Finally, you will need storage space for tools, spare-parts, and books, preferably as drawers and shelves under and besides your desk (shelves OVER the desk may look handy, but you risk dropping objects on the radio you are restoring, or getting shocks or burns when leaning over it). Storage space: Essential.

That was the furniture, now for the equipment. Before deciding for equipment, you must realize that even the best equipment is worthless if you don’t know how to use it. For example, as a trained electronic engineer, if I were to choose one and only one instrument, I would pick an oscilloscope. However, it requires both experience and training to use an oscilloscope efficiently, so if your skill level fits a multi-meter better, that would be your essential choice. But let’s try and evaluate various gear:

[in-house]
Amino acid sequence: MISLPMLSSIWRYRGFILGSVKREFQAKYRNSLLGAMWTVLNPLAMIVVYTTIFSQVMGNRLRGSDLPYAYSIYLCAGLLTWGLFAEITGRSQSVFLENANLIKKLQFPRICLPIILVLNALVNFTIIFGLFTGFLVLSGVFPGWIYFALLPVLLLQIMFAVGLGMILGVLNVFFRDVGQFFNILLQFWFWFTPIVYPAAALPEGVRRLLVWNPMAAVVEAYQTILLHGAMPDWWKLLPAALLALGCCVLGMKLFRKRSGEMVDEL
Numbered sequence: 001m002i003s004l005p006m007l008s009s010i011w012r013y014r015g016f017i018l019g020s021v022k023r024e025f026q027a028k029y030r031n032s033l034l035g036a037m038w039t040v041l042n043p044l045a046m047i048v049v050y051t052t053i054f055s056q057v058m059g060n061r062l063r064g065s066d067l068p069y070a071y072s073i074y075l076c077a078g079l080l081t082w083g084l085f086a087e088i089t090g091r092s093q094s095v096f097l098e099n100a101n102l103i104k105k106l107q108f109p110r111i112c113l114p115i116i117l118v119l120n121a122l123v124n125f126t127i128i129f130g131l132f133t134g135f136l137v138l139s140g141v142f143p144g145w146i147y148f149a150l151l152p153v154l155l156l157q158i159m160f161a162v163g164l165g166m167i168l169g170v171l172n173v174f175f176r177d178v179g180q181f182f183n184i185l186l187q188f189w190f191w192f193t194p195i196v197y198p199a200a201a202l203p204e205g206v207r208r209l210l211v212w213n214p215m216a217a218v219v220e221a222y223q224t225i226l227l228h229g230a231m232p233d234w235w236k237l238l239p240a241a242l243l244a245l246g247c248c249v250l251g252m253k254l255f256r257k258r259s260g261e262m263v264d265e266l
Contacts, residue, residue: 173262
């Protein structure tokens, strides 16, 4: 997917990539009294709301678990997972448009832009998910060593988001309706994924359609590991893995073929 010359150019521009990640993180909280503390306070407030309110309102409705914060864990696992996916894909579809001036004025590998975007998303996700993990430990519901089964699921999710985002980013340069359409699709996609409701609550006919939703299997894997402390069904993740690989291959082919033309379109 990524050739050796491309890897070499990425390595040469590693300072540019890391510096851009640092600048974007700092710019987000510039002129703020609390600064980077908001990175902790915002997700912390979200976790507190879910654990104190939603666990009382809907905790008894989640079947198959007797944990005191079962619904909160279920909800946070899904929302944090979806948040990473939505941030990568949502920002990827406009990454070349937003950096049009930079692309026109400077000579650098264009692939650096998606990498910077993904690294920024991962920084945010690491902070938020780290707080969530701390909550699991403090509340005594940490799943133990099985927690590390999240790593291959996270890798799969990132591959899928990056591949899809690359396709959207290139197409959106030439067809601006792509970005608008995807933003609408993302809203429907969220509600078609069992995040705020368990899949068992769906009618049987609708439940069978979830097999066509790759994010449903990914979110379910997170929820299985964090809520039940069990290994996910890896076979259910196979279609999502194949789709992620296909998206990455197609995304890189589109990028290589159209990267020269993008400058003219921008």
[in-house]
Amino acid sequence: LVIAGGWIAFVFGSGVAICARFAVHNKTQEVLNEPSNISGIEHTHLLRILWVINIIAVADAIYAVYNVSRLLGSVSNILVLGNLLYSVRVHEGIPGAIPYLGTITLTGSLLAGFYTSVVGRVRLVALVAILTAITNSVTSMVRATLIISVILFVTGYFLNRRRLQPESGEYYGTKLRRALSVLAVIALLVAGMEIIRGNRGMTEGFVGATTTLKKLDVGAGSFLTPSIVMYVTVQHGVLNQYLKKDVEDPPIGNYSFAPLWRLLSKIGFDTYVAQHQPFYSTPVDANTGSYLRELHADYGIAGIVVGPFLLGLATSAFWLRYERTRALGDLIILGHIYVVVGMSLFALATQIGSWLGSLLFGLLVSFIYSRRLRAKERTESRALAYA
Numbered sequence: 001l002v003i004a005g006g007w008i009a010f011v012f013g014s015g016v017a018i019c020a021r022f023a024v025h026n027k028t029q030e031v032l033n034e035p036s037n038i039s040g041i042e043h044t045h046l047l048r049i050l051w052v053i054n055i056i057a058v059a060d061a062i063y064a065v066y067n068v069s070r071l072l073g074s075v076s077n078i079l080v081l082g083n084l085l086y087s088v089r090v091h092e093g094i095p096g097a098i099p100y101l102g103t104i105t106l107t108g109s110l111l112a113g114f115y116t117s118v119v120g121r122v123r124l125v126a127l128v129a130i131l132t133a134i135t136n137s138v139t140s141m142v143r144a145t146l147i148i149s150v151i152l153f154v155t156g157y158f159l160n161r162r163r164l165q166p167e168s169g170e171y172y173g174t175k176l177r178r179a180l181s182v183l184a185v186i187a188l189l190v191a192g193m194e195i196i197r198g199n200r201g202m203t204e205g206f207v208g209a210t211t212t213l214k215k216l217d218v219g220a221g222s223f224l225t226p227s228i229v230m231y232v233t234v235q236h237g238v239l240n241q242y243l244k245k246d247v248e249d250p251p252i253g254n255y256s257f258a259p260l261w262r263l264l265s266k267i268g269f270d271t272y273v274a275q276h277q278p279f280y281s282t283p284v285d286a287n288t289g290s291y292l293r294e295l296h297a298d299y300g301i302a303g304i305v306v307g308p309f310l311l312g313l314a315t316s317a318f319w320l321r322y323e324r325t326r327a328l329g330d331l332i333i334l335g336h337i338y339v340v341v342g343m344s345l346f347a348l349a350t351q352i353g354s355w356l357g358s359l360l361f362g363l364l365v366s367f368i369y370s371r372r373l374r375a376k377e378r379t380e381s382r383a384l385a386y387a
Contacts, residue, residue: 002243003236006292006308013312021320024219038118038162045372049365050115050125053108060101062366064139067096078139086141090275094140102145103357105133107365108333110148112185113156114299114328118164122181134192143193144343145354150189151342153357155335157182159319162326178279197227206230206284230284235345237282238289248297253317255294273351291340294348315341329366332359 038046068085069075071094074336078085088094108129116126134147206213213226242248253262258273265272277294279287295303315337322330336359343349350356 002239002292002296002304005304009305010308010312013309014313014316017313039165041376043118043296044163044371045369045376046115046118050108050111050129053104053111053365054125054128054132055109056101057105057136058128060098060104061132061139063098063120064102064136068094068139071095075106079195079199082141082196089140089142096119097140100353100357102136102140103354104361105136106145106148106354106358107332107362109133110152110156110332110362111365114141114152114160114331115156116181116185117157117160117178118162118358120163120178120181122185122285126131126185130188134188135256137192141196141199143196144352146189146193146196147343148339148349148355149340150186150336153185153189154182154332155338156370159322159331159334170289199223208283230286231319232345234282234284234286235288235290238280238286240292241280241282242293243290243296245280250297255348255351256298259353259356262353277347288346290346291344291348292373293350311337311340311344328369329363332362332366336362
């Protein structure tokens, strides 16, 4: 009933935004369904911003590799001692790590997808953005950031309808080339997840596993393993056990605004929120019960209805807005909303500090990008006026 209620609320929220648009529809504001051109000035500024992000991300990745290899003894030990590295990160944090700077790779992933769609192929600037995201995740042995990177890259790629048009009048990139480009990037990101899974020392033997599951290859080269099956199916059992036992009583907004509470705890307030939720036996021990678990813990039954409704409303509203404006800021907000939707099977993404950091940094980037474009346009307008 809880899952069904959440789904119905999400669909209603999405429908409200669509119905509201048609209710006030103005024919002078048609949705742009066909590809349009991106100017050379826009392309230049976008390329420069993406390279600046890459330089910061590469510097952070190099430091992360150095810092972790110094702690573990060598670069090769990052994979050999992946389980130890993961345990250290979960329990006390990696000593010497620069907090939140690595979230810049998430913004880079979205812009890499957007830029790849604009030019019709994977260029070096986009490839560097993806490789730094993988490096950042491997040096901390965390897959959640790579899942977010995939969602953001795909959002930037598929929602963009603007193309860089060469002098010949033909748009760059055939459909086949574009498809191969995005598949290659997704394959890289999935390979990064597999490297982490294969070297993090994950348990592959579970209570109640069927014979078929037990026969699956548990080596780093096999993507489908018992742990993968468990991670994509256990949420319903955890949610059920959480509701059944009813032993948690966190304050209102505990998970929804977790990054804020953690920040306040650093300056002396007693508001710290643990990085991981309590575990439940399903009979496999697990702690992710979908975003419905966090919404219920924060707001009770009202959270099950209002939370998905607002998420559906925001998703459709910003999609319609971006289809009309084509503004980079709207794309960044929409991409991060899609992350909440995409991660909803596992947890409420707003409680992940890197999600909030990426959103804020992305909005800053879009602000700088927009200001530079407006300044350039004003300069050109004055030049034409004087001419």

Before you can repair a radio, you need to be able to take it apart, so you will need an assortment of screwdrivers, from thin pin types for knob fastening screws, to big ones for chassis screws. As you will be working with electrics, they should have insulated handles. Choose medium quality. Cheap and easy to get, there is no need to purchase a large array from the start; a few will do, and then you can supplement your collection as need arises.

Wire cutting pliers. A good pair of wire cutting pliers is not cheap, but worth the price. However they are too delicate for the rougher chores, so you should also have a pair of piano wire cutters for heavy duty. Wire cutting pliers: Essential. Expensive wire cutting pliers: Useful.

A pair of flat pliers and various tweezers: Essential.